Breast augmentation poses various risks, including:
- Scar tissue that distorts the shape of the breast implant (capsular contracture)
- Breast pain
- Changes in nipple and breast sensation, usually temporary
- Implant leakage or rupture
Correcting any of these complications might require additional surgery, either to remove or replace the implants.
The Food and Drug Administration (FDA) has identified a possible association between breast implants and the development of anaplastic large cell lymphoma (ALCL), a rare cancer of the immune system. The FDA believes that women with breast implants may have a very low but increased risk of developing ALCL. However, further research is needed to fully understand the relationship between ALCL and breast implants.
July 16, 2015
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- Breast augmentation. American Society of Plastic Surgeons. http://www.plasticsurgery.org/cosmetic-procedures/breast-augmentation.html. Accessed May 18, 2015.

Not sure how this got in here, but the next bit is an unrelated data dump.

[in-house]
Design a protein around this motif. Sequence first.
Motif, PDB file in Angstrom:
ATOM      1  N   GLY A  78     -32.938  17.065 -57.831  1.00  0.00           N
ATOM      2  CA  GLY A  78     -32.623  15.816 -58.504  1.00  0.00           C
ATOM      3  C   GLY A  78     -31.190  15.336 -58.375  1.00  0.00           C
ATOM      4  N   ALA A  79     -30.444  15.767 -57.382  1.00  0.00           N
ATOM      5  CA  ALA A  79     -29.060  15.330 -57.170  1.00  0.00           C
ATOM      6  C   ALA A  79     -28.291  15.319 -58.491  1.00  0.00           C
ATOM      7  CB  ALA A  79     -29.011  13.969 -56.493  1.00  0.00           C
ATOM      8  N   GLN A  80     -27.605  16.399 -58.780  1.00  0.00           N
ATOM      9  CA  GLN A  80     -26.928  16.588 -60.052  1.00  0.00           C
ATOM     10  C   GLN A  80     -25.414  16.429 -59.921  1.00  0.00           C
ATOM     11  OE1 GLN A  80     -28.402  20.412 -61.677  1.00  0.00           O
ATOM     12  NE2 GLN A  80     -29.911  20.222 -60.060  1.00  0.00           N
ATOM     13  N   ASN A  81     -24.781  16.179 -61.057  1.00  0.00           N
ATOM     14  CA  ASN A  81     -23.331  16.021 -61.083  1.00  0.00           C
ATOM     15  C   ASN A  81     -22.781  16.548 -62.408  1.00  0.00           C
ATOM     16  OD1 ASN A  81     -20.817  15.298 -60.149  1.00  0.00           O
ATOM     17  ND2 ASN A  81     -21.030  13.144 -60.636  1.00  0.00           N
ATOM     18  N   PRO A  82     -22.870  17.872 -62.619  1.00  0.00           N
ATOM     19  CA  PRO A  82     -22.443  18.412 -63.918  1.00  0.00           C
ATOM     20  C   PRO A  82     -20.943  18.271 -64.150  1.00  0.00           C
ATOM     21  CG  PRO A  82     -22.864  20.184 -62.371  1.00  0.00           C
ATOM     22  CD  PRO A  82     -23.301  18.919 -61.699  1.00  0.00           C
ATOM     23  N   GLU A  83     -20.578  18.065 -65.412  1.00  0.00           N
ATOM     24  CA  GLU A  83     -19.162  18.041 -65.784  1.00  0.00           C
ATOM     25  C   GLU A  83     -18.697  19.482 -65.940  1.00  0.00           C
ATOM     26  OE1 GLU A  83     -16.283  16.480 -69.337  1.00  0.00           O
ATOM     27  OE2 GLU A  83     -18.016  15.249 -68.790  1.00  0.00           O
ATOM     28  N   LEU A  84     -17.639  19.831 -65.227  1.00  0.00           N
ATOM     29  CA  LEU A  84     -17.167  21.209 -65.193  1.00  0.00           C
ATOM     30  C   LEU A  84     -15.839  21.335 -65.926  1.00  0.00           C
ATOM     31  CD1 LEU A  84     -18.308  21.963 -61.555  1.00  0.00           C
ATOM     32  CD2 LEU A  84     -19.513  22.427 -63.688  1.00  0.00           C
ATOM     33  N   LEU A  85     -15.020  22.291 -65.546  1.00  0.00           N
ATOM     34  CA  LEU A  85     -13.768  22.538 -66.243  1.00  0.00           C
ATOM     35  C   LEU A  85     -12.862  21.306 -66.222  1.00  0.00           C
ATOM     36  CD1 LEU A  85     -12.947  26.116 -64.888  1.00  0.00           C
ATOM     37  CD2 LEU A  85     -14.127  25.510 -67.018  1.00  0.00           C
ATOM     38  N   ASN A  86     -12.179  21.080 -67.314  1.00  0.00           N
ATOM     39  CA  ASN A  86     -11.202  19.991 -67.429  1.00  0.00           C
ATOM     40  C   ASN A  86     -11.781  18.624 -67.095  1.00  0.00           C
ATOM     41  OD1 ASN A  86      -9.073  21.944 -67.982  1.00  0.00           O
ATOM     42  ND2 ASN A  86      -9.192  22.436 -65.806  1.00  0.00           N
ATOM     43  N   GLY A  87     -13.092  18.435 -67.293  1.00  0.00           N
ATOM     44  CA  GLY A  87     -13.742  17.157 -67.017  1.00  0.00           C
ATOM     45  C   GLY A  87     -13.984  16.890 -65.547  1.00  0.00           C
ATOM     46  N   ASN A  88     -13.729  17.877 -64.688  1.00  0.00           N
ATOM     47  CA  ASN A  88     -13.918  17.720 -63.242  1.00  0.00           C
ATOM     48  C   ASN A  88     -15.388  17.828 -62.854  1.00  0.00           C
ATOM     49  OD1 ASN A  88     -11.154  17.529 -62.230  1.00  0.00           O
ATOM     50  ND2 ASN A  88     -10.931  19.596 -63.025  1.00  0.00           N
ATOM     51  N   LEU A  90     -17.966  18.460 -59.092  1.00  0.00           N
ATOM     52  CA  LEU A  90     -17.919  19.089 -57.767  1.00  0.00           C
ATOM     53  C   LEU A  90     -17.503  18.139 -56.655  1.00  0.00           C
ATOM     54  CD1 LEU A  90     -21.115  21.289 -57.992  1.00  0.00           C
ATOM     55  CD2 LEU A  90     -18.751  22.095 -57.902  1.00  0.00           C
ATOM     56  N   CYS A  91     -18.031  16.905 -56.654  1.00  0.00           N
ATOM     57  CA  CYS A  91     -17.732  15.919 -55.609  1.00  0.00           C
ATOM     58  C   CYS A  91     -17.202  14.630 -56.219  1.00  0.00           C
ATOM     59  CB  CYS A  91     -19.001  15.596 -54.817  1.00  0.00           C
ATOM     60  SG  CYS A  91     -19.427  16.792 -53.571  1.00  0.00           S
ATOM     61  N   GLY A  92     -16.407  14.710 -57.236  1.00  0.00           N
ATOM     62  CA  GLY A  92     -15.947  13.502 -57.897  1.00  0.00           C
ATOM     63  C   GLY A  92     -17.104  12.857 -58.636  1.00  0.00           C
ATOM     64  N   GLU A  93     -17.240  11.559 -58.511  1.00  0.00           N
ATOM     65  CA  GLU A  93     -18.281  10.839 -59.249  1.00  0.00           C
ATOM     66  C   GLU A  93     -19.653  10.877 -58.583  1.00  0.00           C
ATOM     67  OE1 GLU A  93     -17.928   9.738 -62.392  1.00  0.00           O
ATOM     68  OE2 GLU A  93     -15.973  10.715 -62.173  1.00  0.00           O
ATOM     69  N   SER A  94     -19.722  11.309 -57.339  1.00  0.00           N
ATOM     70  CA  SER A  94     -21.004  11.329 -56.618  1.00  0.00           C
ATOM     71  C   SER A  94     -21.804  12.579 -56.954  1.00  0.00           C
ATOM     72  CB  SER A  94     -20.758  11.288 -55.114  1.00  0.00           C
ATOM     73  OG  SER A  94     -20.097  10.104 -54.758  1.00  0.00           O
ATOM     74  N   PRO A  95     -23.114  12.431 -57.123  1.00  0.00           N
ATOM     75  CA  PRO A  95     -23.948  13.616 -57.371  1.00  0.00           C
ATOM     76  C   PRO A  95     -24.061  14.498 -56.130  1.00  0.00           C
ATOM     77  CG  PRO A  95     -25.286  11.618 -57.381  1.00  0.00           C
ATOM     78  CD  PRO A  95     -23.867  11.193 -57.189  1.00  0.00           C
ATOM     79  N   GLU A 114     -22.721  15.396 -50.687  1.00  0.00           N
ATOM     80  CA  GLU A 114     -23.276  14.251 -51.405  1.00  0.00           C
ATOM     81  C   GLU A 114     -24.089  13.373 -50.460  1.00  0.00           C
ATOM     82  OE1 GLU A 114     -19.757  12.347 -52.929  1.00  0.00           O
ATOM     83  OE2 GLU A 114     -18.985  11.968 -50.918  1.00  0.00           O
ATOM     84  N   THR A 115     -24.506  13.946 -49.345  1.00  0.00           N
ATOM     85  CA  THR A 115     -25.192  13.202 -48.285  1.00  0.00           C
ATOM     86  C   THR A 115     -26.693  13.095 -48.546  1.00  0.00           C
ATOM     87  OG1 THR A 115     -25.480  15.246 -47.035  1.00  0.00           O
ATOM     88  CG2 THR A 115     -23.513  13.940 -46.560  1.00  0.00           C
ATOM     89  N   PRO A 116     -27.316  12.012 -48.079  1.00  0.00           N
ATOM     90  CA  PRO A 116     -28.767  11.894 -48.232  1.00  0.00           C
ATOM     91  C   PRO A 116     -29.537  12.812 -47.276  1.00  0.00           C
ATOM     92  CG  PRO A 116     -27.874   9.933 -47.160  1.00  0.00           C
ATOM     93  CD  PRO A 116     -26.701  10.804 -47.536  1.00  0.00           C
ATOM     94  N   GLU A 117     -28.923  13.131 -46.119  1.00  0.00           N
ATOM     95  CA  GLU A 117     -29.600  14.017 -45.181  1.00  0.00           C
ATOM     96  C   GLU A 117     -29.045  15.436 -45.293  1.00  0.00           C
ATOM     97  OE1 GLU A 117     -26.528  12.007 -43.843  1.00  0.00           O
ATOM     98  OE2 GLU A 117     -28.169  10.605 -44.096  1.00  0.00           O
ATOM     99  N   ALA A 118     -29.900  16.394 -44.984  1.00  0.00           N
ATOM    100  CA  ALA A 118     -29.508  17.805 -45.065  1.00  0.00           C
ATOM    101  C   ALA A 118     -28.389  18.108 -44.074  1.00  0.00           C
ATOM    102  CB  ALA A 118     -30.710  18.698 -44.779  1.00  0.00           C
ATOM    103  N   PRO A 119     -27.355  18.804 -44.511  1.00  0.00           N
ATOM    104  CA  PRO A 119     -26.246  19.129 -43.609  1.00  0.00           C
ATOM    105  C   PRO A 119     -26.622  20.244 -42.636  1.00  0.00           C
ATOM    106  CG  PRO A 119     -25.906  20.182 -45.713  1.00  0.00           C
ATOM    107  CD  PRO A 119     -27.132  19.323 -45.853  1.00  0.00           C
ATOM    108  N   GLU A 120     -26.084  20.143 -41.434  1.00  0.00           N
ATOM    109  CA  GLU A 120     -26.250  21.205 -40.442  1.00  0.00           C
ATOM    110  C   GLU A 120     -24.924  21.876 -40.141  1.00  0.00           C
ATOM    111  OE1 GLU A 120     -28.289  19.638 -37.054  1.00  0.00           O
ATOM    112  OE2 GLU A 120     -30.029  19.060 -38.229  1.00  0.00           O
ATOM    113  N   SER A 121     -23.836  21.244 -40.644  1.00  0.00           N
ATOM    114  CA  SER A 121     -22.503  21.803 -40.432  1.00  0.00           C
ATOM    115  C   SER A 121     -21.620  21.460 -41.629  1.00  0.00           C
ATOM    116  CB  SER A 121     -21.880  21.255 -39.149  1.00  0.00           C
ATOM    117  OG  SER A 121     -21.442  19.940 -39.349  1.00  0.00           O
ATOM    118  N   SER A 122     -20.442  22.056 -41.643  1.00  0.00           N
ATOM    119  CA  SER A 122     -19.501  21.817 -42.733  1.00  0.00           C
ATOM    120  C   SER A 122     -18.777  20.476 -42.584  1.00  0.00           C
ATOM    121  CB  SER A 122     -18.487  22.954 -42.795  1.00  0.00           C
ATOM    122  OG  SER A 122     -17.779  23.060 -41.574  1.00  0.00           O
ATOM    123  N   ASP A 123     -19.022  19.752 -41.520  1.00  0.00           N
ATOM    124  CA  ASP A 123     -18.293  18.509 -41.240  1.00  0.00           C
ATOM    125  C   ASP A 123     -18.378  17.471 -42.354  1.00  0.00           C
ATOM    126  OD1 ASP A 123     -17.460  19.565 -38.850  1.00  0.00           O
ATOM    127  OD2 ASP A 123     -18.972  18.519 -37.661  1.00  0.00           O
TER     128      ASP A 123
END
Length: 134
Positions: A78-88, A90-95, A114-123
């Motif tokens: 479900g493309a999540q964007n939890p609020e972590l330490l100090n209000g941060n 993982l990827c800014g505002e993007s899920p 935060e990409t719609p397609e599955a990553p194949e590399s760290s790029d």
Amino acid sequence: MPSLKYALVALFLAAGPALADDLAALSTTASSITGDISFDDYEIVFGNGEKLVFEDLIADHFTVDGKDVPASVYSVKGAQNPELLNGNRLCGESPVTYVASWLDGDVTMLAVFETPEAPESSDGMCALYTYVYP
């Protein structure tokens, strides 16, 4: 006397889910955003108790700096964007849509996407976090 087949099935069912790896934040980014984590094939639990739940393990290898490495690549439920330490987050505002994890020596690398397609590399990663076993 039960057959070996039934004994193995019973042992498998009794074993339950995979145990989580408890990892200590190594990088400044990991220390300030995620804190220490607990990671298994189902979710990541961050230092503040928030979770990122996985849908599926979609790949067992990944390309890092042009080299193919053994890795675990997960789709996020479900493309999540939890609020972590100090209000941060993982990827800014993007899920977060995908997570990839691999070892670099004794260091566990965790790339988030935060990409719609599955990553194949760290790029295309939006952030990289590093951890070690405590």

- Anaplastic large cell lymphoma (ALCL). U.S. Food and Drug Administration. http://www.fda.gov/MedicalDevices/ProductsandMedicalProcedures/ImplantsandProsthetics/BreastImplants/ucm239995.htm. Accessed May 18, 2015.
- Breast implants: Local complications and adverse outcomes. U.S. Food and Drug Administration. http://www.fda.gov/MedicalDevices/ProductsandMedicalProcedures/ImplantsandProsthetics/ucm259296.htm. Accessed May 18, 2015.
- Breast implant surgery. U.S. Food and Drug Administration. http://www.fda.gov/MedicalDevices/ProductsandMedicalProcedures/ImplantsandProsthetics/BreastImplants/ucm064176.htm. Accessed May 18, 2015.
- Golden AK. Decision Support System. Mayo Clinic, Rochester, Minn. April 22, 2015.
- Pruthi S (expert opinion). Mayo Clinic, Rochester, Minn. May 21, 2015.